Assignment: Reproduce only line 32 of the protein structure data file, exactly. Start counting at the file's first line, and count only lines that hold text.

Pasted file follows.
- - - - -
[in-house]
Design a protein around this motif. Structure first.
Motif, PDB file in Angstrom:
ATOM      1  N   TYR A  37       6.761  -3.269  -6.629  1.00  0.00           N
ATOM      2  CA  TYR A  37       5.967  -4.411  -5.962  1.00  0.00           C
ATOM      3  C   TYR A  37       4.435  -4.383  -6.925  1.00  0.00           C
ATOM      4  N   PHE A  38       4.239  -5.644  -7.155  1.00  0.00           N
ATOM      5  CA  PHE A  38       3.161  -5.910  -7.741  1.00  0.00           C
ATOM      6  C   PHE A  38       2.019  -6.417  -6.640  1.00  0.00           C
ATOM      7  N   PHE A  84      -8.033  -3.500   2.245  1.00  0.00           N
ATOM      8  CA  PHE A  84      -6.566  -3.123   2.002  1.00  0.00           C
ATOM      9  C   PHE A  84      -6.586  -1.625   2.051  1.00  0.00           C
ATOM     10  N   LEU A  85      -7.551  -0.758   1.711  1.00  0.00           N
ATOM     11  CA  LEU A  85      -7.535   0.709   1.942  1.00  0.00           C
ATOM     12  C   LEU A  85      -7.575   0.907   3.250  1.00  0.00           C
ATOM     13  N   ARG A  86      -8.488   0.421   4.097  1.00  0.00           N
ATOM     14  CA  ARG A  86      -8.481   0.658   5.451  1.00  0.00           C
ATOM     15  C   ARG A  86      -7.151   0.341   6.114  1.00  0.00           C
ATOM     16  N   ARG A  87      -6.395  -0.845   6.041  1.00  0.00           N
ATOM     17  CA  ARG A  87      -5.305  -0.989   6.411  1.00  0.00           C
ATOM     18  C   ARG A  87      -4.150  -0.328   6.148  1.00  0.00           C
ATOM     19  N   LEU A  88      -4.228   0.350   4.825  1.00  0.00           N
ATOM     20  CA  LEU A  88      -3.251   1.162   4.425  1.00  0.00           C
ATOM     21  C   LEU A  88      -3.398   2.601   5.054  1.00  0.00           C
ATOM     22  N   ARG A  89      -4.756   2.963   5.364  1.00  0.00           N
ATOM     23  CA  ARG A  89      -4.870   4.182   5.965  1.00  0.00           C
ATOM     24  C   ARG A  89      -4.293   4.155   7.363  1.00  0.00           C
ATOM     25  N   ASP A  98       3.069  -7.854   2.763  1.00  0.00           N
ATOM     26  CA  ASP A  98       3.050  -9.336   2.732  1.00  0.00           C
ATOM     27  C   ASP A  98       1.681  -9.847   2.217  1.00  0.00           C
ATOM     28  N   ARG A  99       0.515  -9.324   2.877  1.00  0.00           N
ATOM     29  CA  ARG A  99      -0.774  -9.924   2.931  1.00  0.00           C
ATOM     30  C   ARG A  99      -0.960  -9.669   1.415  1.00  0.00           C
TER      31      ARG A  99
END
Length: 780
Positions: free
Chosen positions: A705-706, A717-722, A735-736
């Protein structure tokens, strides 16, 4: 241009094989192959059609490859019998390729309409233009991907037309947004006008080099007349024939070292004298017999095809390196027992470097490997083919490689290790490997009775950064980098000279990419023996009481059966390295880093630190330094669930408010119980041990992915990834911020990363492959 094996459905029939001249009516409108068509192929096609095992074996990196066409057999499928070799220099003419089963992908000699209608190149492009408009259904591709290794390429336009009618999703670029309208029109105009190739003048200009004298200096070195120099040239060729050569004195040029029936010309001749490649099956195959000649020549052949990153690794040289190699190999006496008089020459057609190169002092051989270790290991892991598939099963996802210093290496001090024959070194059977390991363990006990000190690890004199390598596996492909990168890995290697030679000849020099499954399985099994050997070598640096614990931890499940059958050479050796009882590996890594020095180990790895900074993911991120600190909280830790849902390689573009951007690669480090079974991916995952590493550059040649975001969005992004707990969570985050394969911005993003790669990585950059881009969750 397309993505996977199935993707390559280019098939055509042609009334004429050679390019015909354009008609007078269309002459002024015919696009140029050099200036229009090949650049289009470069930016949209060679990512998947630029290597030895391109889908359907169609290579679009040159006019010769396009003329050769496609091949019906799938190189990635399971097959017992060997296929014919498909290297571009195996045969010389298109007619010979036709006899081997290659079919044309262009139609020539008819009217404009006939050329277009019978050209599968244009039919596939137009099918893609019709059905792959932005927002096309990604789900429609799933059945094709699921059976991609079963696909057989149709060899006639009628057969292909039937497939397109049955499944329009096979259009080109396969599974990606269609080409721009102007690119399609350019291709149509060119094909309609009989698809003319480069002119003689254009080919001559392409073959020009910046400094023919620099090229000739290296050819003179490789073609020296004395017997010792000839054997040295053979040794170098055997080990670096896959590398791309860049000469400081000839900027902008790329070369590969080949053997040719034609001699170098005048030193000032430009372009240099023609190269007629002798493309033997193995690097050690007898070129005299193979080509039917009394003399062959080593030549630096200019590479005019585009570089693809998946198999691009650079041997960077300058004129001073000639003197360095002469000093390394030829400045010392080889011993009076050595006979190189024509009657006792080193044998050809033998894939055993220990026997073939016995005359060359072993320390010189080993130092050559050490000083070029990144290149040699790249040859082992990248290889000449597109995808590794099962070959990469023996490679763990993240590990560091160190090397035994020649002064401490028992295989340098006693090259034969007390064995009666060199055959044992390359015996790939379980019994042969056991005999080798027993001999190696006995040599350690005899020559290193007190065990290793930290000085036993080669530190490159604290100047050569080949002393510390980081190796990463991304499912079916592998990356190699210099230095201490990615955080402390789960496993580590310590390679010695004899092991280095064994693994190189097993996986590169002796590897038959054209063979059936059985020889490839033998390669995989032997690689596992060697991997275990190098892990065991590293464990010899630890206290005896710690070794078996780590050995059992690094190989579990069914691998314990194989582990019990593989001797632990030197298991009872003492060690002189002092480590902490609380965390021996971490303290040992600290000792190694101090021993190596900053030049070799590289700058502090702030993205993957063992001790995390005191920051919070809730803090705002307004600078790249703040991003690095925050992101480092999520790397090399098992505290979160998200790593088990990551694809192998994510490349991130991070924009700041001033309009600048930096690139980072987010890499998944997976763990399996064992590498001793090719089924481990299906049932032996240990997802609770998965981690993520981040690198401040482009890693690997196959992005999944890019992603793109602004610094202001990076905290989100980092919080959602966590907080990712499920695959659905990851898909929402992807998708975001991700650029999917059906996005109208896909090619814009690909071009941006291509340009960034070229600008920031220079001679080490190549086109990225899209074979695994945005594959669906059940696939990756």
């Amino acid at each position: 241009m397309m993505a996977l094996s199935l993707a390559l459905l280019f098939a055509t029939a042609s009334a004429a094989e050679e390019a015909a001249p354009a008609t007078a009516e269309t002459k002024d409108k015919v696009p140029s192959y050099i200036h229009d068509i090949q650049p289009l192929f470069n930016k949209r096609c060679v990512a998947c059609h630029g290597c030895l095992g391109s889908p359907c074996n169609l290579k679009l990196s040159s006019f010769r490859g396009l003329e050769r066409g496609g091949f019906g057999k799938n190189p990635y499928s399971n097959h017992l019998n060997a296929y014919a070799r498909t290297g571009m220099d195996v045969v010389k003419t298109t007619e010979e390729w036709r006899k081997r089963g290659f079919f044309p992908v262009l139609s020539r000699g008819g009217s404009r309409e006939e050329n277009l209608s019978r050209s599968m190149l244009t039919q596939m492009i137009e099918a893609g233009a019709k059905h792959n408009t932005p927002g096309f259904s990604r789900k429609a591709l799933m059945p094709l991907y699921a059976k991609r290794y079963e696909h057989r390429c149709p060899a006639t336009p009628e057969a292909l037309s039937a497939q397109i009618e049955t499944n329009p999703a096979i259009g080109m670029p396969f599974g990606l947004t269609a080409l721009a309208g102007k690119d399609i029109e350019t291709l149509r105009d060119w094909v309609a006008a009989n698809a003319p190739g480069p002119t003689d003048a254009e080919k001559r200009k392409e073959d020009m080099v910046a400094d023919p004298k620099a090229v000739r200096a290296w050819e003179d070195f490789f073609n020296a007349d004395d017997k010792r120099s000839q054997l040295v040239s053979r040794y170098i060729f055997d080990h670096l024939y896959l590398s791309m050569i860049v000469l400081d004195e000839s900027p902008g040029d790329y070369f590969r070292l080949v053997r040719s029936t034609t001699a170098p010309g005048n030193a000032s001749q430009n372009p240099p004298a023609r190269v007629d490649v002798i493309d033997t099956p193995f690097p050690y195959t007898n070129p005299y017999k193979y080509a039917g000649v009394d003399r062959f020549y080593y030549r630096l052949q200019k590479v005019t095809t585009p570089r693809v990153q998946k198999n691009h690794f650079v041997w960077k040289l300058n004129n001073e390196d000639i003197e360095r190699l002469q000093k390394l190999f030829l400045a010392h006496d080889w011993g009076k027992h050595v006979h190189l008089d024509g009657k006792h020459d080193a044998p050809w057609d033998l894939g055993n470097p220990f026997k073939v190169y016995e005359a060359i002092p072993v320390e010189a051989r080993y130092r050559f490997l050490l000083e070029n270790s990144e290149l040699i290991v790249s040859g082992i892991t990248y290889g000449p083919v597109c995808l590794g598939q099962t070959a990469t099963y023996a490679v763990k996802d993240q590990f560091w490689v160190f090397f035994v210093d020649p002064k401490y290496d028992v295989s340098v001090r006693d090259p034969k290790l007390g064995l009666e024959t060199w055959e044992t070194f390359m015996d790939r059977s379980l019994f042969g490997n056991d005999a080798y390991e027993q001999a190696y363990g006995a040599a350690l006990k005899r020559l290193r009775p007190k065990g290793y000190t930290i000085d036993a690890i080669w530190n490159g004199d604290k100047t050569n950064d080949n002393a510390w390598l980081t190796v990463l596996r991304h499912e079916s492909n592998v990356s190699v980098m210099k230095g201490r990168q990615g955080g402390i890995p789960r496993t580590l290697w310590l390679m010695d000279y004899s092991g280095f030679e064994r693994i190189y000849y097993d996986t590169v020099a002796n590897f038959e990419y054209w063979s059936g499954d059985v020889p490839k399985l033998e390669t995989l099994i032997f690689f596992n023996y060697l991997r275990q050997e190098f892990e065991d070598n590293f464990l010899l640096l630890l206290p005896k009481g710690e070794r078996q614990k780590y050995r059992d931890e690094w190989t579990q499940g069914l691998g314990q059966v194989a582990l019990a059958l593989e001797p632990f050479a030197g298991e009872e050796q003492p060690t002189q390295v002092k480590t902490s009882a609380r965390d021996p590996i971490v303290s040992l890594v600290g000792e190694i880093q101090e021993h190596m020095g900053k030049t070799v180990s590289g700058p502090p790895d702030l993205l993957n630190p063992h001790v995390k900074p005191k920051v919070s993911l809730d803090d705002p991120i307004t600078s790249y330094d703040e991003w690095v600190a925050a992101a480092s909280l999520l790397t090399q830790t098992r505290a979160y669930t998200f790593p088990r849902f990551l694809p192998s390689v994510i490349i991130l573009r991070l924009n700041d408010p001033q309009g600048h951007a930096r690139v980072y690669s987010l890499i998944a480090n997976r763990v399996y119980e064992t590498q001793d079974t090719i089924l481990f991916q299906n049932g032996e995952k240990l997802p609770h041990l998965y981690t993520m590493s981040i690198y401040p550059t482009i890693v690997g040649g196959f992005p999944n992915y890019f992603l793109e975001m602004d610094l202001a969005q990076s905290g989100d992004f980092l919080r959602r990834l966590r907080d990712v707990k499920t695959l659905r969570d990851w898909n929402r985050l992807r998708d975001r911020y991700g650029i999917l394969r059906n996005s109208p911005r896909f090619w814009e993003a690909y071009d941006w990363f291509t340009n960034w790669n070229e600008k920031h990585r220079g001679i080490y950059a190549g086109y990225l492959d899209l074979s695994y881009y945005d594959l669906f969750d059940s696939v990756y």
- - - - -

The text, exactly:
ATOM     29  CA  ARG A  99      -0.774  -9.924   2.931  1.00  0.00           C